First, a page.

Aggregation it's pretty neat

So on my latest project I choose to go with MongoDB for a shopcart which heavily relies on parameters.
I've found many advantages of using Mongo on a shopcart, letting me reflect my design in a much efficent way than relational databases.

Aggregation it's kind of a dreaded word when you start looking at mongo documentation, but it's really not that difficult in my experience
for example these are a couple of snippets of code to aggregate orders.

Having the following order structure:

{
    "_id" : ObjectId("548f1b1ec874da273d8b4567"),
    "addresses" : [
        {
            "_id" : ObjectId("548f1b04c874dab0398b4567"),
            "address" : "foobar 123",
            "country" : "AR",
            "state" : "fdsafsda",
            "city" : "fdsafdsa",
            "postal_code" : "3100",
            "type" : "billing",
            "user_id" : NumberLong(3),
            "updated_at" : ISODate("2014-12-15T17:31:48.953Z"),
            "created_at" : ISODate("2014-12-15T17:31:48.953Z")
        },
        {
            "_id" : ObjectId("548f1b16c874dab53b8b4567"),
            "address" : "foboar 432",
            "country" : "AR",
            "state" : "fdsafdsa",
            "city" : "fdsafdsa",
            "postal_code" : "3100",
            "type" : "shipping",
            "user_id" : NumberLong(3),
            "updated_at" : ISODate("2014-12-15T17:32:06.015Z"),
            "created_at" : ISODate("2014-12-15T17:32:06.015Z")
        }
    ],
    "buyer_id" : NumberLong(3),
    "created_at" : ISODate("2014-12-15T17:32:14.616Z"),
    "items" : [
        {
            "rowid" : "c151bea3e12059c20b371ef10d401aea",
            "name" : "Test Product",
            "qty" : NumberLong(1),
            "price" : NumberLong(3200),
            "supplier_id" : NumberLong(2),
            "updated_at" : ISODate("2014-12-15T17:32:14.627Z"),
            "created_at" : ISODate("2014-12-15T17:32:14.627Z"),
            "_id" : ObjectId("548f1b1ec874da273d8b4568")
        }
    ],
    "status" : "pending",
    "total" : NumberLong(3200),
    "updated_at" : ISODate("2014-12-15T17:32:14.616Z")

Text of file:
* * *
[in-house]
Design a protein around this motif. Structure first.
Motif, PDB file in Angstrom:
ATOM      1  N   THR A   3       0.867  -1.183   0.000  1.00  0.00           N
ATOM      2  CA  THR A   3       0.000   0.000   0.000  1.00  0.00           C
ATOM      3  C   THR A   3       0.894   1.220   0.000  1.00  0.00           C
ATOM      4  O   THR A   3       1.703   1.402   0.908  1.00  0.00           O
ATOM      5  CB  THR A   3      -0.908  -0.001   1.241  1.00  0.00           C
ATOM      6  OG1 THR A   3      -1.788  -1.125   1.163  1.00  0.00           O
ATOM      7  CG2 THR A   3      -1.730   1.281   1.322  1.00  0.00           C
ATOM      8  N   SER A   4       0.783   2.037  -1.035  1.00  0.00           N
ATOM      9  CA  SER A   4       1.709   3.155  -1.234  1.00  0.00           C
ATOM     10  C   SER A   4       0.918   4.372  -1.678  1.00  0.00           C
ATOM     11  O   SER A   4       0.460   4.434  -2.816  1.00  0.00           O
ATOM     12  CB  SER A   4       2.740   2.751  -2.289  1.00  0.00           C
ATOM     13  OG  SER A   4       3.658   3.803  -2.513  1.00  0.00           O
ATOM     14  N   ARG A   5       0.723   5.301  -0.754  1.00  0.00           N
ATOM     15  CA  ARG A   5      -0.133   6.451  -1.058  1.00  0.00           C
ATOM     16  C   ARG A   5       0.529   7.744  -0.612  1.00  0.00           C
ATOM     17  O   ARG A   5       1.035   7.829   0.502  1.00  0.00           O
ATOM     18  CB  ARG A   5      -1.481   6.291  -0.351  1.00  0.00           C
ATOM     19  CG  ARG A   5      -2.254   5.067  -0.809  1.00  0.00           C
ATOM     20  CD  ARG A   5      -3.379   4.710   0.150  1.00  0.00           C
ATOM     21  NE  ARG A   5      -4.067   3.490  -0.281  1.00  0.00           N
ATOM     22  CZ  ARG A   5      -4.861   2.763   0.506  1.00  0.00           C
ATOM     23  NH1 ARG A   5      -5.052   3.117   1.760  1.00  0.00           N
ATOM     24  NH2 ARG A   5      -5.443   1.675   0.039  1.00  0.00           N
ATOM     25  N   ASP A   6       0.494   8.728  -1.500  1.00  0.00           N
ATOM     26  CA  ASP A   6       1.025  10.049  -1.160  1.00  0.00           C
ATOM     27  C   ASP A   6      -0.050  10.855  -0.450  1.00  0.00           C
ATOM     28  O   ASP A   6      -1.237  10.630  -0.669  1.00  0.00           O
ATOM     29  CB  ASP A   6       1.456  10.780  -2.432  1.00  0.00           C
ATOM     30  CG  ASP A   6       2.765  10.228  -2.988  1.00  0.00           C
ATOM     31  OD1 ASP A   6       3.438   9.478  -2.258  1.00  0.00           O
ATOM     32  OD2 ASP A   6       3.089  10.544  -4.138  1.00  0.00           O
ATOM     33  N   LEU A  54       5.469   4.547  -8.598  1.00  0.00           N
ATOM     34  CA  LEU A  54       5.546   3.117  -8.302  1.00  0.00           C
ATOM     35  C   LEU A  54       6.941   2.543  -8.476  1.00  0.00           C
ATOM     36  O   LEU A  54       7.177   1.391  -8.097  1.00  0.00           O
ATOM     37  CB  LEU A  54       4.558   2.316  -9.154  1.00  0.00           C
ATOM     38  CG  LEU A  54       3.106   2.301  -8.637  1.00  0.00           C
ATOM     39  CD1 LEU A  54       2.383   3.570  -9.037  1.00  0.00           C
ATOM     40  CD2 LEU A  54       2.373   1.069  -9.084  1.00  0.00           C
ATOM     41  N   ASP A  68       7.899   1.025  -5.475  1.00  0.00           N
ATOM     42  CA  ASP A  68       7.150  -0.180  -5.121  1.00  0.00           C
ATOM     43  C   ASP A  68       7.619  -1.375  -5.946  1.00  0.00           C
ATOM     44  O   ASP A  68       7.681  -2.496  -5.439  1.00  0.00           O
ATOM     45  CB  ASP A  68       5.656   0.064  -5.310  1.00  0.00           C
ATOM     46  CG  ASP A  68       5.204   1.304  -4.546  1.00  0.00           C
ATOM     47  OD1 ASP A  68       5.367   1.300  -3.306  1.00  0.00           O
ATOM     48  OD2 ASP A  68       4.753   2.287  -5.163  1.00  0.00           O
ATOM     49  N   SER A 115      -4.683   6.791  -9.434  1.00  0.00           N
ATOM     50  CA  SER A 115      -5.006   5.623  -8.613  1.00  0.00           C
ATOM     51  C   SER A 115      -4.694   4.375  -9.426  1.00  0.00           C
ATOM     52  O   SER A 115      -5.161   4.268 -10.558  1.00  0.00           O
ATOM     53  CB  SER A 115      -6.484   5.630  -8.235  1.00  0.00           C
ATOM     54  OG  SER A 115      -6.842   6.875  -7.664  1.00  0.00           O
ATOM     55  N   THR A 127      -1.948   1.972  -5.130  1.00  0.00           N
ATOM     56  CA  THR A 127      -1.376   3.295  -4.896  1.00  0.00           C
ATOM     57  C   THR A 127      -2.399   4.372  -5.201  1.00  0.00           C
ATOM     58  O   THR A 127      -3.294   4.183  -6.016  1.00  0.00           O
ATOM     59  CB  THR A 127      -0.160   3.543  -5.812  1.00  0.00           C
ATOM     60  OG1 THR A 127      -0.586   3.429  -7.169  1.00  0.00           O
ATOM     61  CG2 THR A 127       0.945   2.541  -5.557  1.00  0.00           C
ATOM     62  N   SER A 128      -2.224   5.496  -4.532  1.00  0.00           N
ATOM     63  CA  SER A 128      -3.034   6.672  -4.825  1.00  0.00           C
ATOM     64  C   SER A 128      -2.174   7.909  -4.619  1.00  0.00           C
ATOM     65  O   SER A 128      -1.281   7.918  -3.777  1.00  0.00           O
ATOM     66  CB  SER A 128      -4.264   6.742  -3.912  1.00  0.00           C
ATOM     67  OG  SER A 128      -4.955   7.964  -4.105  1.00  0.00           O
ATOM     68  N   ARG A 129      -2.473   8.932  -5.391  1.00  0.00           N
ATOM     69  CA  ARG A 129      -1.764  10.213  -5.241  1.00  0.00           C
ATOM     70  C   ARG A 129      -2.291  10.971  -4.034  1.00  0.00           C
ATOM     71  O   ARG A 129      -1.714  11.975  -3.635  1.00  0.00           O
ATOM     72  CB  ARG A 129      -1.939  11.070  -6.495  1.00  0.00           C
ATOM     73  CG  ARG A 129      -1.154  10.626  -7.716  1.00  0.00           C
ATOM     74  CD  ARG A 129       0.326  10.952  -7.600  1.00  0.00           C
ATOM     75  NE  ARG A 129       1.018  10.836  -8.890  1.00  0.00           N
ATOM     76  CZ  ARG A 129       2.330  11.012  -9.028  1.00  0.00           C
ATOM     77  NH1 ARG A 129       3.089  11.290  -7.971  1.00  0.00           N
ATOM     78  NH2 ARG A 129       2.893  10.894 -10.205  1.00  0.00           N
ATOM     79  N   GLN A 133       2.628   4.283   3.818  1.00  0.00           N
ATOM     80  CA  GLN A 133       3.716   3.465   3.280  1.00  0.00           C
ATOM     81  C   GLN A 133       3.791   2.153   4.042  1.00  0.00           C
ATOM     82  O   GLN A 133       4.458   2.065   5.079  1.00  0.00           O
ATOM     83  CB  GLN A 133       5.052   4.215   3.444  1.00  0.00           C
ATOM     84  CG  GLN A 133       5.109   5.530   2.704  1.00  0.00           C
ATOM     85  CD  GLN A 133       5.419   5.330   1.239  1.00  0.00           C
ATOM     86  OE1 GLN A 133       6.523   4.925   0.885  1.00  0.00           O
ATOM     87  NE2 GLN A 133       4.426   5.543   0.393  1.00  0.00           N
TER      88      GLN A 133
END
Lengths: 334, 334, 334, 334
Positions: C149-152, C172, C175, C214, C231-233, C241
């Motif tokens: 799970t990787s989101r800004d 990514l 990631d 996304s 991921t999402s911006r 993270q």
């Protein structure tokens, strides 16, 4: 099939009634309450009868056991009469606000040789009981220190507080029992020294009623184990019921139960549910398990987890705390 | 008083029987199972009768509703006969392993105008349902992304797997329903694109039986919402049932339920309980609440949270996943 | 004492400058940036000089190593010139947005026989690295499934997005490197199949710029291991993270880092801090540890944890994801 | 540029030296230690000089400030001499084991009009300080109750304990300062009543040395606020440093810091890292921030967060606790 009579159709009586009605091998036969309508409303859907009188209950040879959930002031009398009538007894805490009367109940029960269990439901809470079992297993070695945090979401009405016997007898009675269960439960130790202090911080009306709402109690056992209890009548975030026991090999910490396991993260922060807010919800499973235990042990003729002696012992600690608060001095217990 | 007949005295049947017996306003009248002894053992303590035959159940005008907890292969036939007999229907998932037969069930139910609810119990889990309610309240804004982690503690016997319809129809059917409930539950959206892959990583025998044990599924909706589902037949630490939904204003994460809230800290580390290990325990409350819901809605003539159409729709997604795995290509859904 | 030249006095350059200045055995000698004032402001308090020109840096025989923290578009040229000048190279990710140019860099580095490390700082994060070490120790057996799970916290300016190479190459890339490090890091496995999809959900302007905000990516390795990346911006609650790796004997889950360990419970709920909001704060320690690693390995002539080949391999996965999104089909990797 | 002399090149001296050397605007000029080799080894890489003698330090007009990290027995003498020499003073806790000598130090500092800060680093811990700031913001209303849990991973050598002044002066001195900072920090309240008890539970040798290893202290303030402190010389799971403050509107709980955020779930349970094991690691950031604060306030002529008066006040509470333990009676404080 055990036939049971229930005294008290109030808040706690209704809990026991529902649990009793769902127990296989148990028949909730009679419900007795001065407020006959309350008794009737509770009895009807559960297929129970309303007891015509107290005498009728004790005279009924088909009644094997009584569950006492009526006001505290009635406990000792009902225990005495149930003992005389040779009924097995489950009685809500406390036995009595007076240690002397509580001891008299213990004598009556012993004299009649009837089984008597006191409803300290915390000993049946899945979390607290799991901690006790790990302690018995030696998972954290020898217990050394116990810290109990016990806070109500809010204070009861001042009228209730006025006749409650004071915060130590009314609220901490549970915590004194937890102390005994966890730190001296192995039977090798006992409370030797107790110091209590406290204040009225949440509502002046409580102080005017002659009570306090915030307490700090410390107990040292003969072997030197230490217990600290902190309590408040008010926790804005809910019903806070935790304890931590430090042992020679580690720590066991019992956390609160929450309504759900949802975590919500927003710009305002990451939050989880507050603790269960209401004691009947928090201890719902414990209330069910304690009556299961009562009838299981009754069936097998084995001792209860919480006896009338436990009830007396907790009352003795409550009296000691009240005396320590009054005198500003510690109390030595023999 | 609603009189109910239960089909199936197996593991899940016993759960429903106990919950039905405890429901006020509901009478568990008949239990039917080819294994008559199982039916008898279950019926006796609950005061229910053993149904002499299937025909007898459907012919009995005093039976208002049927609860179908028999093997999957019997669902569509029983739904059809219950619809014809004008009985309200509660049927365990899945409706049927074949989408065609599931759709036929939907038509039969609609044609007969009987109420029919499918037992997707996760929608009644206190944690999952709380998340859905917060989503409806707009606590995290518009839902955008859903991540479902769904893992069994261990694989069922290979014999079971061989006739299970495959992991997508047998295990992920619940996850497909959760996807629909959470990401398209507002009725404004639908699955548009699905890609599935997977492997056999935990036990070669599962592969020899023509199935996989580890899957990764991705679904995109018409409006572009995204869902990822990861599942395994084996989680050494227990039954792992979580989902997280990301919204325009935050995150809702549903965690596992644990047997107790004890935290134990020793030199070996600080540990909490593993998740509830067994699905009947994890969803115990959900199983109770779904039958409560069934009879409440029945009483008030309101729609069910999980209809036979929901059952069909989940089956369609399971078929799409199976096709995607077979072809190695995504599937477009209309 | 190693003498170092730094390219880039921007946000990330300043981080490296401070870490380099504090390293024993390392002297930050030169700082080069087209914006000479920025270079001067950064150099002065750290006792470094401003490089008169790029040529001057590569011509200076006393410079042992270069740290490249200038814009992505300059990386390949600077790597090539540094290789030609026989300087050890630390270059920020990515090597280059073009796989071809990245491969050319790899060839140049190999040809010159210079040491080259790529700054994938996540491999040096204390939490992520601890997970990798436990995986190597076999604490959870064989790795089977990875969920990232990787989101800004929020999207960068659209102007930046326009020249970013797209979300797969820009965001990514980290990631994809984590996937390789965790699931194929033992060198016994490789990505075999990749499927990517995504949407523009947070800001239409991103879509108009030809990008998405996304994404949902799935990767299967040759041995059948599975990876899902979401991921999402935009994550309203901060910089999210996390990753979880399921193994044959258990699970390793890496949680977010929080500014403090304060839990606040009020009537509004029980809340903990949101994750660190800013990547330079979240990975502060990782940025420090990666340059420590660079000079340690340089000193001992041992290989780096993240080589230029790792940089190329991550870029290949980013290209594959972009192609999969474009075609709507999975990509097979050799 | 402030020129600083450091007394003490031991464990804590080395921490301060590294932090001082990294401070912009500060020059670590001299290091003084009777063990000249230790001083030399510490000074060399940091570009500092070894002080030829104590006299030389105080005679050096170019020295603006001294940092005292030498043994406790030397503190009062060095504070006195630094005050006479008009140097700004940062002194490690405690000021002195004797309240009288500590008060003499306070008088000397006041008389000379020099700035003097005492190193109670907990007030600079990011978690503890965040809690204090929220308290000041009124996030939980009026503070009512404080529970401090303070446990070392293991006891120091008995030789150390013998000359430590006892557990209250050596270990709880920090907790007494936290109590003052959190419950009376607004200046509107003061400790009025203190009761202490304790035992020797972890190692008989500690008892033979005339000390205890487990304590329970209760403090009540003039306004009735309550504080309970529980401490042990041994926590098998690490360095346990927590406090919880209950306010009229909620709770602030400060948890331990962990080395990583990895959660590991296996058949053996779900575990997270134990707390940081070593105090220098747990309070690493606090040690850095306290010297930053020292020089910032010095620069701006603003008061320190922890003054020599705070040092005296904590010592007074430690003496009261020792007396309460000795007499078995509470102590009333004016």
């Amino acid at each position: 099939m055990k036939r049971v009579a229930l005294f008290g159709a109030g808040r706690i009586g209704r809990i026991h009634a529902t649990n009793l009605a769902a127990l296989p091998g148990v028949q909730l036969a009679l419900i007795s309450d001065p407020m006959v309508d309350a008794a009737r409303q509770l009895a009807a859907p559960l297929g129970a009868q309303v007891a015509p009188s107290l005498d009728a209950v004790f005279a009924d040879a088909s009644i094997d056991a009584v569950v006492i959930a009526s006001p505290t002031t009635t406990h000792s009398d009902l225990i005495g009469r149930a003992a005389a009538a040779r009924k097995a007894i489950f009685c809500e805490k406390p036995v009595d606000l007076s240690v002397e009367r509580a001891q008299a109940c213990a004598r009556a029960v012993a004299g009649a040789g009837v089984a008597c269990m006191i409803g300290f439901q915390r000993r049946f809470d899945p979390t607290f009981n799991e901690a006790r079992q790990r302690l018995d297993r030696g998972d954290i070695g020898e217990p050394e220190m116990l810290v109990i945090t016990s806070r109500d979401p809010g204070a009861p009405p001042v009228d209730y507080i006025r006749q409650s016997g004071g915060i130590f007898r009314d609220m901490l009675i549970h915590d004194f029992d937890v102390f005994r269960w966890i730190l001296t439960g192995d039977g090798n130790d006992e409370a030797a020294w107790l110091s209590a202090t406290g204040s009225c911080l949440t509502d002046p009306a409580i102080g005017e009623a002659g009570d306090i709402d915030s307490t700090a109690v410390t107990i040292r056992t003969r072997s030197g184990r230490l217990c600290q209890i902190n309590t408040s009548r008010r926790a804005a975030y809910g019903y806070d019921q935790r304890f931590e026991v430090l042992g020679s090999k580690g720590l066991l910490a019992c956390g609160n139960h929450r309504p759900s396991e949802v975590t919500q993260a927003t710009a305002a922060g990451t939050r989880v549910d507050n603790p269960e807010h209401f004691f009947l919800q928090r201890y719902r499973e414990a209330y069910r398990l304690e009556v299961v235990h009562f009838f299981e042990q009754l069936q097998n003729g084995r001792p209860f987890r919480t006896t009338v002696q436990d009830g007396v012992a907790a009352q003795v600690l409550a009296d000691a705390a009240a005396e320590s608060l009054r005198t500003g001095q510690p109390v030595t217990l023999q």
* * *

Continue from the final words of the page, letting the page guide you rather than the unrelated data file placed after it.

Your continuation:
}

As this is a multi-supplier shopcart, we need to retrieve only the items bought from a specified supplier, this quick query does the job:

db.orders.aggregate({
    "$unwind": "$items"
  },
  {
    "$match": {
      "items.supplier_id": 2
    }
  },
  {
    "$group": {
      "_id": "$_id",
      "items": {
        "$push": "$items"
      },
      "addresses": {
        "$push": "$items"
      },
      "date": {
        "$first": "$created_at"
      },
      "total": {
        "$sum": {
          "$multiply": [
            "$items.price",
            "$items.qty"
          ]
        }
      }
    }
  },
  {
    "$sort": {
      "date": -1
    }
  })

Ok, it's kind of scary, but going step by step is not much harder than your regular SQL sentence, albeit more curly-braces happy for my taste.

First we unwind the items collection inside an order to operate through each of it's element. Then we match only the items we're interested in (those who belong to the current supplier)
we then proceed to group the results in a new order, we define an order id, a collection of items ( we push the selected items into that collection), the addresses of the customers (billing & shipping), the date, and we sum the item prices to get the totals, in the last part of the pipeline we sort the results by date.

Note that the output document is pretty nasty compared to our original order, so we could use $project it to make it nicer, but it's kinda off topic